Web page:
JACKSON – State revenue collections, which have been subpar in recent years, continue to make a modest rebound.
Revenue collections through the month of January for the current fiscal year are $52.1 million, or 1.8 percent, above collections during the same time period for the last fiscal year, according to a report compiled and recently released by the staff of the Legislative Budget Committee.
The state fiscal year runs July 1 through June 30.
In reality, collections for the current year are performing even better year over year when factoring in collections for the previous year included about $50 million in one-time revenue collections. When those one-time revenue sources are not included, collections for the current year are up 4.2 percent.
Collections through January are $23.1 million, or 0.78 percent, above the estimate. The estimate, compiled by legislative leaders, is important because it represents the amount of money budgeted by the Legislature. If collections fall too far below the estimate, Gov. Phil Bryant, often with assistance from the Legislature, is forced to make budget cuts or dip into reserve funds.
For the month of January, collections were $1.2 million, or 0.28 percent, above the estimate.
The estimate being met is a conservative one. The legislative leadership opted to adopt a conservative estimate after multiple years when the collections did not meet the estimate, forcing numerous rounds of budget cuts and in some instances the firing of state employees.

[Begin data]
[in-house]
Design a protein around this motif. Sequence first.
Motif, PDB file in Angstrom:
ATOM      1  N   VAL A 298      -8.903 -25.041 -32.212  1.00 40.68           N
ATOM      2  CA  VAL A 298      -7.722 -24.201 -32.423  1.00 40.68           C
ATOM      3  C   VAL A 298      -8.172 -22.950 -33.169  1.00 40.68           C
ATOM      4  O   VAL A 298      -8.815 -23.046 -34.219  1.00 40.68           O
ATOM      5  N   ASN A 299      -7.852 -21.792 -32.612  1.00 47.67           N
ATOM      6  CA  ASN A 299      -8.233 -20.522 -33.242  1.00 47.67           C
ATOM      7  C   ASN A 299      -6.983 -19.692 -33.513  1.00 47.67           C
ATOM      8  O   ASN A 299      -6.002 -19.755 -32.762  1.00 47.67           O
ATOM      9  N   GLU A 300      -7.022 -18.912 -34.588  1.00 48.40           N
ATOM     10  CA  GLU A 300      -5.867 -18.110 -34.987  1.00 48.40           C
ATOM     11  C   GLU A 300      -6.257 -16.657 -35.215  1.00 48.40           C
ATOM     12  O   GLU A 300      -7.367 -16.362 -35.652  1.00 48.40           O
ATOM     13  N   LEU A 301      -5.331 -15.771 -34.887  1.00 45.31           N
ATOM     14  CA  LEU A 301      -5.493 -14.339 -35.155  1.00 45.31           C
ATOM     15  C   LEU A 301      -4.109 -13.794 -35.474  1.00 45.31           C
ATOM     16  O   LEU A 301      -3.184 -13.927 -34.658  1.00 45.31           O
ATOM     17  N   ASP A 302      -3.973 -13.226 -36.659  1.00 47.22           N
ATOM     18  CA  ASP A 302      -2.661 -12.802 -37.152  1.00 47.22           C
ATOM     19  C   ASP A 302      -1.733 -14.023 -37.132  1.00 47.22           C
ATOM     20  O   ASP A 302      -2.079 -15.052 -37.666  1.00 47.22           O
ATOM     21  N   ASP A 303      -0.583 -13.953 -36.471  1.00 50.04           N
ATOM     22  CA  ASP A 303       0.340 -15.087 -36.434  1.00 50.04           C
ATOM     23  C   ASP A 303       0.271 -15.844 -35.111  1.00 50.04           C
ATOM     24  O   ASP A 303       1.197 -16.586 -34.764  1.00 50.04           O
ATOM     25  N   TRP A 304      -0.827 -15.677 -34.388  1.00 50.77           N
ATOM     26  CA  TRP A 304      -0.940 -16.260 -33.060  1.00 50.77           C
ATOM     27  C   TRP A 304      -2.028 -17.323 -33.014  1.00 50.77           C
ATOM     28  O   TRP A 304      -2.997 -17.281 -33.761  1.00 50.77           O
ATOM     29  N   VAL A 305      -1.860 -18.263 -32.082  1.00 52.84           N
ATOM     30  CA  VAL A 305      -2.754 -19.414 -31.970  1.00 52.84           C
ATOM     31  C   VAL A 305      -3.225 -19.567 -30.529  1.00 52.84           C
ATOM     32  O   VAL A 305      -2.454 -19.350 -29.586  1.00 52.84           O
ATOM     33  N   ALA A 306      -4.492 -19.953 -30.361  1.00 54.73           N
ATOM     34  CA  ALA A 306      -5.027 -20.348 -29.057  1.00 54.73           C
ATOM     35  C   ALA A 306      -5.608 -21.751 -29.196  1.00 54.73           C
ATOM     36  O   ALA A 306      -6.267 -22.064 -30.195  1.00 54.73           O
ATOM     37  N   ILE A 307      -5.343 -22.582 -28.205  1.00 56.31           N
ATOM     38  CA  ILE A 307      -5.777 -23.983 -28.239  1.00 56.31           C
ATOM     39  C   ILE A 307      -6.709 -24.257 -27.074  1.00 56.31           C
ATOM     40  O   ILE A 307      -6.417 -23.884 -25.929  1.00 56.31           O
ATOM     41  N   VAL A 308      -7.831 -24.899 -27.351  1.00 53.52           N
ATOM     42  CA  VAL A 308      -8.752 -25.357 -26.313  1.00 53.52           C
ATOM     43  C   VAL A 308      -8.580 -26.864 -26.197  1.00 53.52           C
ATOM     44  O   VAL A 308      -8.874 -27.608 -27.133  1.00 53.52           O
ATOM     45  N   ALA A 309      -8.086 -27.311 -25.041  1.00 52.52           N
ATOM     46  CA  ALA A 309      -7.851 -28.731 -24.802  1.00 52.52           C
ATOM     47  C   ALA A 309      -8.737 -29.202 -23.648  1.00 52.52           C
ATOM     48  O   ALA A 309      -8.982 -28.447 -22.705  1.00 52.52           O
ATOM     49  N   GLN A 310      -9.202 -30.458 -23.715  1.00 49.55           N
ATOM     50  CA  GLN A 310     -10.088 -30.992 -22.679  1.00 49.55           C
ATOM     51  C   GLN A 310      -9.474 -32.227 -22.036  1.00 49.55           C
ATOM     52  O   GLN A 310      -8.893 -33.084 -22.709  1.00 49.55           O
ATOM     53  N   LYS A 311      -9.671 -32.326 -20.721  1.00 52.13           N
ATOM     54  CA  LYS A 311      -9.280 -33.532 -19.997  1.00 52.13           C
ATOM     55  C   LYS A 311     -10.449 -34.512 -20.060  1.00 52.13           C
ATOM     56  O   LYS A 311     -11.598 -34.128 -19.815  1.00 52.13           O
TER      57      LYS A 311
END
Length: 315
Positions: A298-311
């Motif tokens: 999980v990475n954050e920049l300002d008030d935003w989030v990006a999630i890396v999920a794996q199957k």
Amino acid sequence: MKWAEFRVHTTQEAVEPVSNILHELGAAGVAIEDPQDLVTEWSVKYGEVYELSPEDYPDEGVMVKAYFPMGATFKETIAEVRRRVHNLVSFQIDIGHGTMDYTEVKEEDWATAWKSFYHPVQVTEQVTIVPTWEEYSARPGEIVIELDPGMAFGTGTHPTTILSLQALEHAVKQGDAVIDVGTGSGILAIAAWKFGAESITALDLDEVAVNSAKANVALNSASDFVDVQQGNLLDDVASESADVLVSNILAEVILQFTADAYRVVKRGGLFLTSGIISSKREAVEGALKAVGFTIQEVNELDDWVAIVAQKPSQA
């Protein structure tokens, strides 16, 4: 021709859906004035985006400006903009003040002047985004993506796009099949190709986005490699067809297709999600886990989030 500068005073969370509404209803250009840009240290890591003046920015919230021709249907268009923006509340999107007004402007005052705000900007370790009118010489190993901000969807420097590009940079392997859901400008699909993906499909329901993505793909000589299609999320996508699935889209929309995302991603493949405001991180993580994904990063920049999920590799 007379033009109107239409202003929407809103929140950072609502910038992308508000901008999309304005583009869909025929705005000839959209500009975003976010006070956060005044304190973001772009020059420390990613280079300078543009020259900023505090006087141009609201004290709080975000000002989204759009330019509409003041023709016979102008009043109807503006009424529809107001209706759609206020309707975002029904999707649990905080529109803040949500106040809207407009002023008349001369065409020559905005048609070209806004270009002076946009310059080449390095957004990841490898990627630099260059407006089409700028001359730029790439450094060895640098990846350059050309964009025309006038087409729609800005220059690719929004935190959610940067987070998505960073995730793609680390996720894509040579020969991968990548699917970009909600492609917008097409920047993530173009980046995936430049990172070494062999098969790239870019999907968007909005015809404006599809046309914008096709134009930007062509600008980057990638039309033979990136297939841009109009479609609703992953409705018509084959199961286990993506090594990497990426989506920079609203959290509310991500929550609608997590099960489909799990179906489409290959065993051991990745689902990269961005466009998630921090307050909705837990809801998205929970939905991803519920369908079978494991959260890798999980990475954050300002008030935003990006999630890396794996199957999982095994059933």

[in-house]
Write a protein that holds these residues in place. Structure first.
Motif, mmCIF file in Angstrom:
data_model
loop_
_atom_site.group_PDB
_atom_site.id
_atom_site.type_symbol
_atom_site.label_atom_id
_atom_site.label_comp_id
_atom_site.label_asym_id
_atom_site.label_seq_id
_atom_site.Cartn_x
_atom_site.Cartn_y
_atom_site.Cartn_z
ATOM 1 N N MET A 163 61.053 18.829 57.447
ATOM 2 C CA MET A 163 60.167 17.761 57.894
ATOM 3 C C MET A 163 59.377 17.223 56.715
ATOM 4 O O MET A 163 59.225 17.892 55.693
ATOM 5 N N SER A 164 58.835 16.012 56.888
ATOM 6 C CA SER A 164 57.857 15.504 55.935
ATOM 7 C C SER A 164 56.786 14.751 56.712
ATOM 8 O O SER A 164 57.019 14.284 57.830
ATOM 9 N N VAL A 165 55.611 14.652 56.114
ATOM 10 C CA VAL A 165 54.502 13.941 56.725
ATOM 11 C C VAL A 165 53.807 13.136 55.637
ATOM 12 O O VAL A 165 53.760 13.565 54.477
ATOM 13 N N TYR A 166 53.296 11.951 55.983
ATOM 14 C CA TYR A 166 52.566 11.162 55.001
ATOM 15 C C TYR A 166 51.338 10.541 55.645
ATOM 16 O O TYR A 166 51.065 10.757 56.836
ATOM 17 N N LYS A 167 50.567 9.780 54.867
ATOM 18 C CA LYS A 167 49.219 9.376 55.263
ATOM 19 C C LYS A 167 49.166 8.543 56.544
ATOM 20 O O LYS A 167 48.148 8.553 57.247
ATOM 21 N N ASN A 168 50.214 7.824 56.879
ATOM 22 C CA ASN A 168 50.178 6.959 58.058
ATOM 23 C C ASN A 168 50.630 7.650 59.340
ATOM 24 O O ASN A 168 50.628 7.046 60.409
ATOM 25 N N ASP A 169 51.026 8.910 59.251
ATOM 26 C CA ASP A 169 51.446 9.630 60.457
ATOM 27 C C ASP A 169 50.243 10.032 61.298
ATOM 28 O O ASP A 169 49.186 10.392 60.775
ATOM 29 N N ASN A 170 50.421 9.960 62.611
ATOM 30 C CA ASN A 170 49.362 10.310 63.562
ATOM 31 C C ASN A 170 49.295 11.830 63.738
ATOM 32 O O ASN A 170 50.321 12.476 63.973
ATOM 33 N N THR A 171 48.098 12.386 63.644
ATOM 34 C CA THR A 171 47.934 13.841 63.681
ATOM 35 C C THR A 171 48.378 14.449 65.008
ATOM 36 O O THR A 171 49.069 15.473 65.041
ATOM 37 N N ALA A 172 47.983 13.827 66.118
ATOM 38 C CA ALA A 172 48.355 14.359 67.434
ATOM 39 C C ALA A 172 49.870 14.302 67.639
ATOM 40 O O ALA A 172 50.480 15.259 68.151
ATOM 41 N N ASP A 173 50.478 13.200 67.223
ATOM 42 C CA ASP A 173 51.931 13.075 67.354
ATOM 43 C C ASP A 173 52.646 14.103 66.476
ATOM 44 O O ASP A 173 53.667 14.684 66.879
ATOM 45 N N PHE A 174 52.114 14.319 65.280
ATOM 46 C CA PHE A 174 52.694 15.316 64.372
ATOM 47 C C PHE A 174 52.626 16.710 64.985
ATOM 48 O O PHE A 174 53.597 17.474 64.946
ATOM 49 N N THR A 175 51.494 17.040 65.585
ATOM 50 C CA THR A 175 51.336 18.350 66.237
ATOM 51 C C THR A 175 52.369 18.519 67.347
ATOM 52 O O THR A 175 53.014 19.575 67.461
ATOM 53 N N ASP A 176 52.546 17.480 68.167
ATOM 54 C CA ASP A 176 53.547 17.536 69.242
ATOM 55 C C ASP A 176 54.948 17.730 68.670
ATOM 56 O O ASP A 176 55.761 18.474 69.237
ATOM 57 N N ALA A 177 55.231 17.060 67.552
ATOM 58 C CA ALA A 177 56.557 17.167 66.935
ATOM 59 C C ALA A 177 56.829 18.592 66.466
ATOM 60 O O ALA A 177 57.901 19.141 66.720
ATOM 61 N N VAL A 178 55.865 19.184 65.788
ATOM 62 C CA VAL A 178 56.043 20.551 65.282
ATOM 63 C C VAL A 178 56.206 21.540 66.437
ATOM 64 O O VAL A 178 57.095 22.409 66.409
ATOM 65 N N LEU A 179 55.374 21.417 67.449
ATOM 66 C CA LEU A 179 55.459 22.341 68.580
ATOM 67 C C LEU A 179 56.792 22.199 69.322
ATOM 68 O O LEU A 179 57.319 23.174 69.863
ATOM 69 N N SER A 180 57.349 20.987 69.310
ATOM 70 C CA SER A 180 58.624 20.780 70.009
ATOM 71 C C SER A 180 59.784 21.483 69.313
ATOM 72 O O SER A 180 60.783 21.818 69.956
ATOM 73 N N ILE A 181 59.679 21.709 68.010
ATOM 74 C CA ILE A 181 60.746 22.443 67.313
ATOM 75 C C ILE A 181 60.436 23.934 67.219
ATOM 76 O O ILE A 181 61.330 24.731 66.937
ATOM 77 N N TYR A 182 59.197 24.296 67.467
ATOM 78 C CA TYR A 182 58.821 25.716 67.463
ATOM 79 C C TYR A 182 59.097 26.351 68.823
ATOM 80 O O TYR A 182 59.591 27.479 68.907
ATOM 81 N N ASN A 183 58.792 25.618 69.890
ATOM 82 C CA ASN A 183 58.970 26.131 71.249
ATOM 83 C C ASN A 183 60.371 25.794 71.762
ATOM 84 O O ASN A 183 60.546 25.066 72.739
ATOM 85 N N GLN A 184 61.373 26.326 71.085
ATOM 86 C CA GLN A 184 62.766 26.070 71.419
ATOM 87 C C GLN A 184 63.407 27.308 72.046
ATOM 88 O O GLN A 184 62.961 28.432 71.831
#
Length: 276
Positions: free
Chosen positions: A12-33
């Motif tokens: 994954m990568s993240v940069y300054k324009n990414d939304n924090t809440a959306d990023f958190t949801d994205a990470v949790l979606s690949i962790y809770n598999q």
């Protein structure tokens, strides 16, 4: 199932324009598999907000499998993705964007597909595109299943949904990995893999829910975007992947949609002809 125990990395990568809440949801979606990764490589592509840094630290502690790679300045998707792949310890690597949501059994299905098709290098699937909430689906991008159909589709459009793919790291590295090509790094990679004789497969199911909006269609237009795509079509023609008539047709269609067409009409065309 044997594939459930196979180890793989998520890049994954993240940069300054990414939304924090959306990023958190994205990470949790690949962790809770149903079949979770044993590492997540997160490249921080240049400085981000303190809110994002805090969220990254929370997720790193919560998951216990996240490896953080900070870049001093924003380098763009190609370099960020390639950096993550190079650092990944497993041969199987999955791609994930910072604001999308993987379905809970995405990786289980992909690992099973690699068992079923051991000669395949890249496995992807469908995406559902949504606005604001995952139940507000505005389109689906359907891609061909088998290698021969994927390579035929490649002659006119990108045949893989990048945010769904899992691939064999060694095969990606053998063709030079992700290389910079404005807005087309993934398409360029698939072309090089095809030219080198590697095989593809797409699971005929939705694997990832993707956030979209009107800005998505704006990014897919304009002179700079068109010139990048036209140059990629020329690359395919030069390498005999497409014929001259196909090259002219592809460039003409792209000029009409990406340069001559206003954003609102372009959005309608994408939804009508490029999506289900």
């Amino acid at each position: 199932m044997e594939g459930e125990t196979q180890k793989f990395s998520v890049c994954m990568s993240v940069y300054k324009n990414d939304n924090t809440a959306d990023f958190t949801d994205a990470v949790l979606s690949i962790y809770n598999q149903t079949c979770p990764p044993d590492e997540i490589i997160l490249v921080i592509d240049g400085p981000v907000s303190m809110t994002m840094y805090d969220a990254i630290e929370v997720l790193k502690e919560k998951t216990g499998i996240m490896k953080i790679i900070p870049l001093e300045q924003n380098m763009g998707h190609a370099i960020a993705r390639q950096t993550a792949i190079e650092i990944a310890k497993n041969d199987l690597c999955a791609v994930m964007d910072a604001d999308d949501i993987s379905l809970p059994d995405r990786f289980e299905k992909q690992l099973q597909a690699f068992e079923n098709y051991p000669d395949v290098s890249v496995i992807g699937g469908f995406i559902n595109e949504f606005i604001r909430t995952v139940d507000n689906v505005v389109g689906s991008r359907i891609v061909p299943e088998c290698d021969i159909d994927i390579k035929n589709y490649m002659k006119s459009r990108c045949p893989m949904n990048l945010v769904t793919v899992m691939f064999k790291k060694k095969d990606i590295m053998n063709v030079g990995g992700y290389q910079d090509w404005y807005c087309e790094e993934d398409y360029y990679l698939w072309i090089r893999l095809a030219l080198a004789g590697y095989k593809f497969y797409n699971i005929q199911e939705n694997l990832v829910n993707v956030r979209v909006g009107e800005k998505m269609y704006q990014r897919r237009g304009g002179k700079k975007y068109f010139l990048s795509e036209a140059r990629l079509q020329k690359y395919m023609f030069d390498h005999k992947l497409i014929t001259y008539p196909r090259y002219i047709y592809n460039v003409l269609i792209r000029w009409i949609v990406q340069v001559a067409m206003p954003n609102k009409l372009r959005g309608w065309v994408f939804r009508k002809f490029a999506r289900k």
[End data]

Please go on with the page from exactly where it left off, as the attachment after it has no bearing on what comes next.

But if current trends continue, legislators might be able to revise upward that conservative estimate. There were some positive numbers in the January collections report. For instance, personal income tax collections were up $71.2 million, or 7.2 percent, for the year.
But sales tax collections, the largest single source of state revenue, continue to be relatively anemic, up $11.7 million, or 1.1 percent. But those numbers were more than offset by revenue from the use tax, which is levied on retail items purchased out of state. Use tax collections were up $24 million, or 18.8 percent.
After multiple tax cuts aimed at businesses, corporate tax collections continue to be sluggish, down $9.5 million, or 4.8 percent, year over year through January.
The revenue report comes as the Legislature is poised in the coming weeks to begin, in earnest, work on a budget for the upcoming fiscal year. If revenue collections remain strong, legislators might reassess and pump more funds into key programs, such as education, health care and law enforcement.
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